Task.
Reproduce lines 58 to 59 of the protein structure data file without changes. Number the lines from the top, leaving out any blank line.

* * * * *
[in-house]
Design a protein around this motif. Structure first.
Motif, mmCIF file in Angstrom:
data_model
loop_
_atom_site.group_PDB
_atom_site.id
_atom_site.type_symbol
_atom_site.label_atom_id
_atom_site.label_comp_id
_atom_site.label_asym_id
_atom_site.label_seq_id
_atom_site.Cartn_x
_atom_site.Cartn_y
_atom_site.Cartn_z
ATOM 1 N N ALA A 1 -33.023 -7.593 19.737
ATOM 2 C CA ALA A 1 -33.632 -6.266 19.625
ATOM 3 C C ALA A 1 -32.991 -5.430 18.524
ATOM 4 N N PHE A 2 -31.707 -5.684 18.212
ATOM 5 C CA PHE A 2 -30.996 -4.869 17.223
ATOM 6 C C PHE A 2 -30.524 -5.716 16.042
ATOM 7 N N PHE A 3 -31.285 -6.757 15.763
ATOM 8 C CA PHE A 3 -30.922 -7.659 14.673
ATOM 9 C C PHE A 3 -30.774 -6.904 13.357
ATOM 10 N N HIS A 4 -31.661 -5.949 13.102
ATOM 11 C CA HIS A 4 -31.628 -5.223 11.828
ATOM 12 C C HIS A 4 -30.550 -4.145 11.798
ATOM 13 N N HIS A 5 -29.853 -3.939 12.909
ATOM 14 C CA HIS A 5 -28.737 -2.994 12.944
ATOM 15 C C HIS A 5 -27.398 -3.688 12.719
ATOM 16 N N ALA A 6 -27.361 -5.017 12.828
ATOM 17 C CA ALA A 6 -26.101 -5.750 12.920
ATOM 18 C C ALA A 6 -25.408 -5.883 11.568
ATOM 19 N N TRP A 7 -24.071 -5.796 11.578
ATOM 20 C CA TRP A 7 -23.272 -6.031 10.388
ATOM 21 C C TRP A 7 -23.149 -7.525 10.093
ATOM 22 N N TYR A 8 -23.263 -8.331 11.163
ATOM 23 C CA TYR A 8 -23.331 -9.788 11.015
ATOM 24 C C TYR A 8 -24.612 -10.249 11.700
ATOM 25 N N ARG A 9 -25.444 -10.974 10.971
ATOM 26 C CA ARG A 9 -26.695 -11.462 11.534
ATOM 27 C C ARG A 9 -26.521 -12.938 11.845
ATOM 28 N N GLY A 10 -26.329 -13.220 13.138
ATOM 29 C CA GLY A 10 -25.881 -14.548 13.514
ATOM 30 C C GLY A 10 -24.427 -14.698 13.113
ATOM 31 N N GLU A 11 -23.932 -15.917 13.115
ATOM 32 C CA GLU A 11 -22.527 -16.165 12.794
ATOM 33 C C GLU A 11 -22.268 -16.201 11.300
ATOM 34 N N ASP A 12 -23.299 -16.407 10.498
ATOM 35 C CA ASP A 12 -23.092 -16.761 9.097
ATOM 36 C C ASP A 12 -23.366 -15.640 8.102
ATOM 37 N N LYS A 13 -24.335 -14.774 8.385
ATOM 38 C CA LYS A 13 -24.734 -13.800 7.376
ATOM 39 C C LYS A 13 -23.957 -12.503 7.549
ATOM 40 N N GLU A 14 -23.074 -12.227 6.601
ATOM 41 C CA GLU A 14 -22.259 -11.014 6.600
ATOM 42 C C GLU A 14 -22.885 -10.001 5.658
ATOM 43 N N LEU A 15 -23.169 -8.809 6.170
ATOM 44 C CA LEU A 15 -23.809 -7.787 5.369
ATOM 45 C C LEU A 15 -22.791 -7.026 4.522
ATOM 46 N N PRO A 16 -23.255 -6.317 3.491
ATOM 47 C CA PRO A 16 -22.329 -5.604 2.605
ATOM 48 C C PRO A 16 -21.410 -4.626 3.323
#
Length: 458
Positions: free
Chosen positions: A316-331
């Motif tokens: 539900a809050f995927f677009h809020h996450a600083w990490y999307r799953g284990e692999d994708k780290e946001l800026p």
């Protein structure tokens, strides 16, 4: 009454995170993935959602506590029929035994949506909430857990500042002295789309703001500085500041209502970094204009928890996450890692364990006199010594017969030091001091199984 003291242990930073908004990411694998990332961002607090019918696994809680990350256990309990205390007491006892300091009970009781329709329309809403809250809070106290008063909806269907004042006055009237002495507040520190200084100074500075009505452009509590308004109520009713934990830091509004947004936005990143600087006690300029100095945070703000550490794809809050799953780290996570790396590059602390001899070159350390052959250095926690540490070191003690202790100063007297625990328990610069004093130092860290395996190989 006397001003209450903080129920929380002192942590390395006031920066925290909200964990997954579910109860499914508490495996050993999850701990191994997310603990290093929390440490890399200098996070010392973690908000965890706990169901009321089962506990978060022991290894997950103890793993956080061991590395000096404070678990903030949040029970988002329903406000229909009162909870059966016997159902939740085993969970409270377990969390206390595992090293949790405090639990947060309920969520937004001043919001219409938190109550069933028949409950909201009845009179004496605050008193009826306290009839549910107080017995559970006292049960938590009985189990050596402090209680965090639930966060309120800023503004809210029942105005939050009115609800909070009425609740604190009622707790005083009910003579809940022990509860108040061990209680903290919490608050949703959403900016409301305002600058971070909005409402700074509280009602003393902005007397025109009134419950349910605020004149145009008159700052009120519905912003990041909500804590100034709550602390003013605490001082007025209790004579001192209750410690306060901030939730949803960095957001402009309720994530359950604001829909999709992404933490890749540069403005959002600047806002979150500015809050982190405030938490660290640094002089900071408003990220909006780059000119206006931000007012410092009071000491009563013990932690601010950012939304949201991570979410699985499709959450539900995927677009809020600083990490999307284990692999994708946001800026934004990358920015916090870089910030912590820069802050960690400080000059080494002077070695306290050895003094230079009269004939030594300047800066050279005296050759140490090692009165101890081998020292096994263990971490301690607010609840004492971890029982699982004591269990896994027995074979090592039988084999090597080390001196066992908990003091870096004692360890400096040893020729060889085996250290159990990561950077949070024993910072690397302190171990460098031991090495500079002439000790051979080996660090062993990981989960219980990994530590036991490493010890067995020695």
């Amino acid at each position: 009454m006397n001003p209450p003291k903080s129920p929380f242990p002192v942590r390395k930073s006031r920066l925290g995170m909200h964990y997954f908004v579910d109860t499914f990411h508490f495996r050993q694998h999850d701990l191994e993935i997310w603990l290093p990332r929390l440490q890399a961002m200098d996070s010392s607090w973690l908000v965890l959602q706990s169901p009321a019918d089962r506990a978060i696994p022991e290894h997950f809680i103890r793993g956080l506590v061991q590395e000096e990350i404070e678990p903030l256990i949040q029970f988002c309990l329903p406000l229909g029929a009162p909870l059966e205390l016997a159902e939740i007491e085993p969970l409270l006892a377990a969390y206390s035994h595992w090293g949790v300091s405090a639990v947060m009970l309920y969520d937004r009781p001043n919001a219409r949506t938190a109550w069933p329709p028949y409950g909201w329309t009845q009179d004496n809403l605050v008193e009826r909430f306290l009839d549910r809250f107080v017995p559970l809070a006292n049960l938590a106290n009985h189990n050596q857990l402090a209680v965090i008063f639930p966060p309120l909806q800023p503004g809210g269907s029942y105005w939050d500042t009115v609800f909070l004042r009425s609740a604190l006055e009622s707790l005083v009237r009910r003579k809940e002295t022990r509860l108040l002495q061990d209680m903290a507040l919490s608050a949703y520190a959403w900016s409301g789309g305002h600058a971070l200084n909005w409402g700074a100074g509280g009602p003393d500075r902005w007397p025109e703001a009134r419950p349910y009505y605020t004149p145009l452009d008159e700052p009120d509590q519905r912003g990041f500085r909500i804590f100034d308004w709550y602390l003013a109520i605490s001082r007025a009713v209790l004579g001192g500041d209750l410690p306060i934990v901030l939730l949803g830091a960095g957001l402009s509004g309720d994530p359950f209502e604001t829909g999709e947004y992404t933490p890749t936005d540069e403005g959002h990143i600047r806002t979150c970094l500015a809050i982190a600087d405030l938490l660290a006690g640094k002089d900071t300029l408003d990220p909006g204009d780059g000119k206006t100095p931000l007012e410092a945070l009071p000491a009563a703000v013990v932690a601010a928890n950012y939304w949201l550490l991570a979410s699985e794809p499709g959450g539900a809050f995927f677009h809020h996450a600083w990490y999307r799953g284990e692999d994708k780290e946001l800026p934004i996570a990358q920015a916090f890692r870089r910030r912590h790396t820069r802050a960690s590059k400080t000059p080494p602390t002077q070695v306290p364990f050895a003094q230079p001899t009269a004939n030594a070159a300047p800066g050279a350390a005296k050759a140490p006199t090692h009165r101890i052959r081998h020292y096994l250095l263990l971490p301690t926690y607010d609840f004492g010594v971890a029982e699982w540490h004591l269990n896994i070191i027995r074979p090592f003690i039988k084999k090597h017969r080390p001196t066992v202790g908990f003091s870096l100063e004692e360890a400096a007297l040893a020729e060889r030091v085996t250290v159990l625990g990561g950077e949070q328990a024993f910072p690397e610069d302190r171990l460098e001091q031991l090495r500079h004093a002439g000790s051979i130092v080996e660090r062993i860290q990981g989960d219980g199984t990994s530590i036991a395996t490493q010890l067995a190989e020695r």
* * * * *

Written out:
ATOM 43 N N LEU A 15 -23.169 -8.809 6.170
ATOM 44 C CA LEU A 15 -23.809 -7.787 5.369